I’m currently at Starbucks working on a restaurant review, and the baristas are in an extra-jolly mood because they’re getting off early today. (Presumably they are less jolly over at the larger Starbucks down the street, which is open all day today and tomorrow.) I ordered a peppermint mocha (why not?) and was told that whipped cream is required on all drinks today.
“Does Santa want you to leave him low-carb cookies? I think not,” said the barista. I took not only the whipped cream, but the peppermint sprinkles.
In Bangkok there’s a coffee chain called Coffeebucks, or at least there was a few years ago; they may have been quashed by The Man since then. I liked the name enough that I’ve been calling Starbucks “Coffeebucks” ever since. I’m sure corporate is thrilled. Iris recognizes the logo and says, “Iris going to Coffeebucks, drinking some almond.”
“Almond” is steamed milk with almond, Iris’s daily beverage. Usually we make it home, but it’s available at every espresso bar, so we often get it out, too. Once Iris was going for a walk with my dad, and I told him to stop at Starbucks for some almond. Later I asked Iris, “Did you and Pops get some almond at Coffeebucks?” and she replied, “No, just Starbucks.”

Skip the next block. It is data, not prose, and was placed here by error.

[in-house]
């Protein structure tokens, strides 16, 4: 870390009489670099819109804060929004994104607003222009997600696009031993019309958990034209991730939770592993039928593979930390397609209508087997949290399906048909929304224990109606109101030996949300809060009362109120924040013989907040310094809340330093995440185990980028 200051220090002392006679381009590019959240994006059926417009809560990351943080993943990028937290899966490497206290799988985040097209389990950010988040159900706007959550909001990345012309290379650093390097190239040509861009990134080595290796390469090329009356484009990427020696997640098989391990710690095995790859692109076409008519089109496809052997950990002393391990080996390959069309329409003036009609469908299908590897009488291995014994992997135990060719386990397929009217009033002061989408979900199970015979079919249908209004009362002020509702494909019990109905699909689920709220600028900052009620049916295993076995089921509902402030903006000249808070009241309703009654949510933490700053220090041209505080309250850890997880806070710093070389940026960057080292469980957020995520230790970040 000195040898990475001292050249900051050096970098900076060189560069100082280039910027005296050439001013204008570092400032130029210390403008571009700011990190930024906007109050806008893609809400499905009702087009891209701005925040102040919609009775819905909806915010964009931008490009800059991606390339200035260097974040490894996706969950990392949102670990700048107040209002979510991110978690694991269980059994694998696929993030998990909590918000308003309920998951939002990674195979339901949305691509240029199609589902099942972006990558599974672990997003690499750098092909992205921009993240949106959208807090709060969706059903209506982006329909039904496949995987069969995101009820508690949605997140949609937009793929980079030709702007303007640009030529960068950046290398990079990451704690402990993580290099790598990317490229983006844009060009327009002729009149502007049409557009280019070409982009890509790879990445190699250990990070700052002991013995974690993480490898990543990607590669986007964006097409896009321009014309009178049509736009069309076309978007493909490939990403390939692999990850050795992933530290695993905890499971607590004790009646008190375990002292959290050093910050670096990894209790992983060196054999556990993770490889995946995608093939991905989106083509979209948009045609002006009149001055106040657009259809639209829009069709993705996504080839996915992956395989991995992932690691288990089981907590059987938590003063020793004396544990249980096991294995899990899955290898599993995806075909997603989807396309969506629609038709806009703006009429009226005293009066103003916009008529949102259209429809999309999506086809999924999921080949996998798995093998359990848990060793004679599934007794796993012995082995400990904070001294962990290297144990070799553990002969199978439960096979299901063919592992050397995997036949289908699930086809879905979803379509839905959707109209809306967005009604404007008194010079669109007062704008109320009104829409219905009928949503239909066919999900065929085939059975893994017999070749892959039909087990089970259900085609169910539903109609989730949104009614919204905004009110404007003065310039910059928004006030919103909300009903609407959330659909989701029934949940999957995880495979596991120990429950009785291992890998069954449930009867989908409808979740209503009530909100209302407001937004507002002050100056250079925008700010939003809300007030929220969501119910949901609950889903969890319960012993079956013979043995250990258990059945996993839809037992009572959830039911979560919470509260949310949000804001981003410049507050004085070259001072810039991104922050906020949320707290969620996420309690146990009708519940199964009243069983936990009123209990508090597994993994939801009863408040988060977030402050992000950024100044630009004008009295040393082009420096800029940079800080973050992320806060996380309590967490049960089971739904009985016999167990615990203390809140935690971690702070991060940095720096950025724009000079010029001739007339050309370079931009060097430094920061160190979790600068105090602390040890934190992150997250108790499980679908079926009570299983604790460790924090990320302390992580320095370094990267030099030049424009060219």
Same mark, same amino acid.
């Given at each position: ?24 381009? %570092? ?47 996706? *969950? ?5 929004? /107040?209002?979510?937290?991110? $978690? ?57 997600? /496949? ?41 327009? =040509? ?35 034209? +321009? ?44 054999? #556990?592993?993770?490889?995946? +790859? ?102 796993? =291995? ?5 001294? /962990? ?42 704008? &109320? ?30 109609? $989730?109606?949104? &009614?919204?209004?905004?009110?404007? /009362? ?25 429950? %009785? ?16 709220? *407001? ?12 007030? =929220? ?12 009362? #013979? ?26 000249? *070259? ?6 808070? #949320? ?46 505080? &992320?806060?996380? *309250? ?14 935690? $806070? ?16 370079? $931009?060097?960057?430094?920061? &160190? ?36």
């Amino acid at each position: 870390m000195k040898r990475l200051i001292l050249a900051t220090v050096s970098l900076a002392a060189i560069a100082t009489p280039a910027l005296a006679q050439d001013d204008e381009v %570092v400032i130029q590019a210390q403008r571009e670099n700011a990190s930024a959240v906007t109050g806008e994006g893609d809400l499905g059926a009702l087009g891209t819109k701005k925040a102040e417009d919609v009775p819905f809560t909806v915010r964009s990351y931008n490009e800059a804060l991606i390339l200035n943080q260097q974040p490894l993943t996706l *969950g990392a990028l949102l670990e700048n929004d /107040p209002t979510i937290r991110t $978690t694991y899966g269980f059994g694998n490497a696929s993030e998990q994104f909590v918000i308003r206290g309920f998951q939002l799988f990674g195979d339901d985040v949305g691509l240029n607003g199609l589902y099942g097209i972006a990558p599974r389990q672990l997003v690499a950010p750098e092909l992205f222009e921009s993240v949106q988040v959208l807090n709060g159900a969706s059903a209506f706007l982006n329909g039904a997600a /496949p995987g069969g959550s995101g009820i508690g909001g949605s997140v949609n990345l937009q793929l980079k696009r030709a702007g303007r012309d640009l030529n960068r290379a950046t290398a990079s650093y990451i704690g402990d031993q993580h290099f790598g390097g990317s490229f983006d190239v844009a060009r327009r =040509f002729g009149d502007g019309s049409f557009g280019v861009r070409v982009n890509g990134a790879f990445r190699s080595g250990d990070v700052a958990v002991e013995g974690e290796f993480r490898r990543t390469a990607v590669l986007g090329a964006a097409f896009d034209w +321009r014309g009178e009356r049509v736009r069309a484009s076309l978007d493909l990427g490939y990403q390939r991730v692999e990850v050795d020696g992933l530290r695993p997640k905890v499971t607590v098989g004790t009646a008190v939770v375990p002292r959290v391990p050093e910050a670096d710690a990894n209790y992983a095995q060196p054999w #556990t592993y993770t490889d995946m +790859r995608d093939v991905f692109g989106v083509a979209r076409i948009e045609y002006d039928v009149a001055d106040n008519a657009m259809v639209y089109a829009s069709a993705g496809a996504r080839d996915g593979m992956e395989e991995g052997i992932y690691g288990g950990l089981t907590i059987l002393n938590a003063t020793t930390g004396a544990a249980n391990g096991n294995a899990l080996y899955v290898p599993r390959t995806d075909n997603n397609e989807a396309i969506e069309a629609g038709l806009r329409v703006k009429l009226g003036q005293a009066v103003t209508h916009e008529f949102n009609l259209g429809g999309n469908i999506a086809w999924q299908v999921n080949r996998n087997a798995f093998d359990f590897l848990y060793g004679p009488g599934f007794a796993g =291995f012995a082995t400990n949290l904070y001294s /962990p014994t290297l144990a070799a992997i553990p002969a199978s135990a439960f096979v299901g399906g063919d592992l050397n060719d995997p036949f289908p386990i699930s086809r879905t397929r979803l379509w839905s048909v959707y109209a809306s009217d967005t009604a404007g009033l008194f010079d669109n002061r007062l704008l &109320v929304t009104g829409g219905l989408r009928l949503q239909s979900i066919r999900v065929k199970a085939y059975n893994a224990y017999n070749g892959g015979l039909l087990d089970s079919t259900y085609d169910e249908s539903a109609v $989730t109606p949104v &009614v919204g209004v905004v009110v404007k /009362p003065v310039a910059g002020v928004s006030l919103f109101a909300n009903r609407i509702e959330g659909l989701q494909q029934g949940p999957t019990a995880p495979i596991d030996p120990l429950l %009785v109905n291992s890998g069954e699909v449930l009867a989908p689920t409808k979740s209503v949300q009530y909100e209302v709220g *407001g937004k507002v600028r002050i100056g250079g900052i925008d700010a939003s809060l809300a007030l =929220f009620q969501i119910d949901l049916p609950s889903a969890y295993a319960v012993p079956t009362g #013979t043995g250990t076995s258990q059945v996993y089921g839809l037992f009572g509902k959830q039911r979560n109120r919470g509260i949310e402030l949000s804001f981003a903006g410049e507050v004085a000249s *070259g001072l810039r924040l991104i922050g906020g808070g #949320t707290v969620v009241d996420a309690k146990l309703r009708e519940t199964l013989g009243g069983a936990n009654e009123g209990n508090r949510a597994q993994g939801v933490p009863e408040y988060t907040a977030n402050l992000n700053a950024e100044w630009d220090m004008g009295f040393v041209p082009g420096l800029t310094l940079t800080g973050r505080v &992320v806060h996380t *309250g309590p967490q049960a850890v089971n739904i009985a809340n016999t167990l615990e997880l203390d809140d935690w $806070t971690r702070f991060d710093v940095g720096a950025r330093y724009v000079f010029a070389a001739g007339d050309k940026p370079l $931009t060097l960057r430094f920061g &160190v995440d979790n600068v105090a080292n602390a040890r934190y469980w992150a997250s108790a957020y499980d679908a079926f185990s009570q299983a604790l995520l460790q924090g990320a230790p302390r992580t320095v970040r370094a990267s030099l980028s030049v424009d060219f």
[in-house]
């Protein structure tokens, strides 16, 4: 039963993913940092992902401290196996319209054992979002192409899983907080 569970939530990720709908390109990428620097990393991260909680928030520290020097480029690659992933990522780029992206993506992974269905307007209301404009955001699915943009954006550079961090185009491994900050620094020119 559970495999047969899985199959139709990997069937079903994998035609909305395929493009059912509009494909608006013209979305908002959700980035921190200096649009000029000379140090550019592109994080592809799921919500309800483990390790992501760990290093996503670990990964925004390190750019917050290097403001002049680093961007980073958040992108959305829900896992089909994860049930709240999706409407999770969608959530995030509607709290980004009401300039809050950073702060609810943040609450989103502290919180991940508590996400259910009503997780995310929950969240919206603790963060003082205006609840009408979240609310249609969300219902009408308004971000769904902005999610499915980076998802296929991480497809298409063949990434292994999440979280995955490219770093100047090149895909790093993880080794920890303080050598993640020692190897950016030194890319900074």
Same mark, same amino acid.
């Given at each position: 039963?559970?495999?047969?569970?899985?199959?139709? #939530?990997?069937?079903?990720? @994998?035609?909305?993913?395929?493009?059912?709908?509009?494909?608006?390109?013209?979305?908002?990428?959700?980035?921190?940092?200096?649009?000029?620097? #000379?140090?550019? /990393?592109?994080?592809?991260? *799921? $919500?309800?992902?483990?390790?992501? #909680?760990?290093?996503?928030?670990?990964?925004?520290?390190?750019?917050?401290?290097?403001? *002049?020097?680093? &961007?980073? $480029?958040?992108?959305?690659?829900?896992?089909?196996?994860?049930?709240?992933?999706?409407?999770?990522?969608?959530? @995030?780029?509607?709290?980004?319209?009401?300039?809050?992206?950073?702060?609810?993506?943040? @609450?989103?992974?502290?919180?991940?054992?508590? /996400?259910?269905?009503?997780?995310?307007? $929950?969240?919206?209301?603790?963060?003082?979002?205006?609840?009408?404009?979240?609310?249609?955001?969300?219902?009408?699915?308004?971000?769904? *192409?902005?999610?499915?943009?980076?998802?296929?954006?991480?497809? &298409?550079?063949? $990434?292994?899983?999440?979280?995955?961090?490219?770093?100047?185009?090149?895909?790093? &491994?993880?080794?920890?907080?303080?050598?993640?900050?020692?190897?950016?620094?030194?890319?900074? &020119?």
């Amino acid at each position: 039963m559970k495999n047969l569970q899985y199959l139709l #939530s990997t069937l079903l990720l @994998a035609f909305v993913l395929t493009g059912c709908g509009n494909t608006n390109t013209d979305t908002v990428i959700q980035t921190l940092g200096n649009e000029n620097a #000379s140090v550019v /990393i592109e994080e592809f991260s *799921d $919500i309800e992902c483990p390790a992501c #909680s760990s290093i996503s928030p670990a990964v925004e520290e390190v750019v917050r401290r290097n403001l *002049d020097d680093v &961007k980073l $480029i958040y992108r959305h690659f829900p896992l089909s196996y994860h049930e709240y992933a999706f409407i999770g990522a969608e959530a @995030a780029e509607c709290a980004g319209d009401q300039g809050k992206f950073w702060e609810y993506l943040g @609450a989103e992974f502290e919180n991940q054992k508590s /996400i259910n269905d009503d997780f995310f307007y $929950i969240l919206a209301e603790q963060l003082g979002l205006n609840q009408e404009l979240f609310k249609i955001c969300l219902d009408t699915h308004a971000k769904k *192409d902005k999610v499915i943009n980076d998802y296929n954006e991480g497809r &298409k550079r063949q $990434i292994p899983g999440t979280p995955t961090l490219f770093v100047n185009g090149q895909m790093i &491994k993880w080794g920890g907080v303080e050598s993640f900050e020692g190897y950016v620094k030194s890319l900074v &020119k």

Starbucks is a good place for almond because they only charge $1 for it, although sometimes they charge extra for the almond syrup (this is completely random). Recently, Iris and I were down at Pike Place Market doing some Christmas shopping and we stopped at the Seattle’s Best on Pine, across from Sur La Table. We saw someone getting peppermint sprinkles on their mocha, and of course Iris requested sprinkles on her almond. I poured the drink into her sippy cup, making sure that she saw the sprinkles before I closed it up, and she took a big slurp and said, “Iris tasting the sprinklies.”
In case I sound like a corporate tool, I did write an article recently about why Starbucks is good for local coffeeshops. It’s because they don’t serve beer.